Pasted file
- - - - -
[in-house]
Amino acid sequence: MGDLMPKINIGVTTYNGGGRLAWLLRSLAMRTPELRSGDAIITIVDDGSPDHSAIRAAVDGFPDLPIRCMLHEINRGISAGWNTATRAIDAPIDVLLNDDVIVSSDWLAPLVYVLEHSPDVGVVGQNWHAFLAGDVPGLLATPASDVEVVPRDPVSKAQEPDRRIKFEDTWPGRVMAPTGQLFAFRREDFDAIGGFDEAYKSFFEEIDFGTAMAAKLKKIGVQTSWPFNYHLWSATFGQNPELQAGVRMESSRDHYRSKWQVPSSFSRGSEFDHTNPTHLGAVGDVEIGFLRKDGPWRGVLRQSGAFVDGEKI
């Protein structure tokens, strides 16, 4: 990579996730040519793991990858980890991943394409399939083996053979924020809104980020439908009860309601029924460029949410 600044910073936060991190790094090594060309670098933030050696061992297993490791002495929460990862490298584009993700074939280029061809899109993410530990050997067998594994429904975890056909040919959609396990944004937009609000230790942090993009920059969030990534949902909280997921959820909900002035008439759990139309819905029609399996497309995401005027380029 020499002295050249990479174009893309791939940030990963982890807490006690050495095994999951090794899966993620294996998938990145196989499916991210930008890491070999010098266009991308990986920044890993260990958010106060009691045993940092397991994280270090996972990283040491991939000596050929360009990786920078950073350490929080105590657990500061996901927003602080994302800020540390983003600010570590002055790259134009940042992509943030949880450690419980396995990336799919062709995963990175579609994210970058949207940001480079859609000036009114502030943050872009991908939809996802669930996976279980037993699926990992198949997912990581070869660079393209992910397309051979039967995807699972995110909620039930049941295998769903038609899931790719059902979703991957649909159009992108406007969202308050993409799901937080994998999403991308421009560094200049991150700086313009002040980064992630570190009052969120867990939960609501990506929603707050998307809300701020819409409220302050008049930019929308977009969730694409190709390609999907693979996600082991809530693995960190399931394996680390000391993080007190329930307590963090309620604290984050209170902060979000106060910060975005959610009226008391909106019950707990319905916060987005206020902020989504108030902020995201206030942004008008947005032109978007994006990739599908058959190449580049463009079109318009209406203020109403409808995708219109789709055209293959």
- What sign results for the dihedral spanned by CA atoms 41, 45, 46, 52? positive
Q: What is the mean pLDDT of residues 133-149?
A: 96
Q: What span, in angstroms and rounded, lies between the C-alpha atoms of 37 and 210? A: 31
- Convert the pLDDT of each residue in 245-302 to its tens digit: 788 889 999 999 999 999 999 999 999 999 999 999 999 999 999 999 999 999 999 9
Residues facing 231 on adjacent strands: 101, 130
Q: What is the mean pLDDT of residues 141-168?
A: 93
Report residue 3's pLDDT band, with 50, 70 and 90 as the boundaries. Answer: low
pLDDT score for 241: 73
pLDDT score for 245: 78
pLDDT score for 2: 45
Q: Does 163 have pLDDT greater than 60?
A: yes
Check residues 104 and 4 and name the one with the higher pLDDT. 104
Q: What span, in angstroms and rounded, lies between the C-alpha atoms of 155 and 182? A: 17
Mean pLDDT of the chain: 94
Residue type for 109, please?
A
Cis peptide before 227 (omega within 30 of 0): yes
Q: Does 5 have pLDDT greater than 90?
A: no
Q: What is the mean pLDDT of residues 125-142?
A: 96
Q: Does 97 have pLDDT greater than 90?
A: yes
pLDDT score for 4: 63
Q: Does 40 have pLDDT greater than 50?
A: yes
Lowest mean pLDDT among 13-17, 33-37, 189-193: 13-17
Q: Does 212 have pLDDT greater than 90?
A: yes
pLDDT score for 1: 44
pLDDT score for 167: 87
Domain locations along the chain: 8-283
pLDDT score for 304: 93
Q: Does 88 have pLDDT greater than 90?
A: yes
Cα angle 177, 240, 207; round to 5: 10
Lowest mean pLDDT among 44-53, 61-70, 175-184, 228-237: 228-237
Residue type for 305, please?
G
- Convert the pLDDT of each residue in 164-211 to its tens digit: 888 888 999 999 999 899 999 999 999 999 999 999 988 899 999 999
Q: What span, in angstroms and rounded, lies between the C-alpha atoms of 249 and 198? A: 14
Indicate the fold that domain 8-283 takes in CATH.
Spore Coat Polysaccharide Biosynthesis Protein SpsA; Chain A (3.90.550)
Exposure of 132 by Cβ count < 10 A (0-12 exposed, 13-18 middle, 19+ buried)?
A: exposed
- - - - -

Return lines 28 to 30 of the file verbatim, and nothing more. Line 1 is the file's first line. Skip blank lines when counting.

Q: Does 97 have pLDDT greater than 90?
A: yes
pLDDT score for 4: 63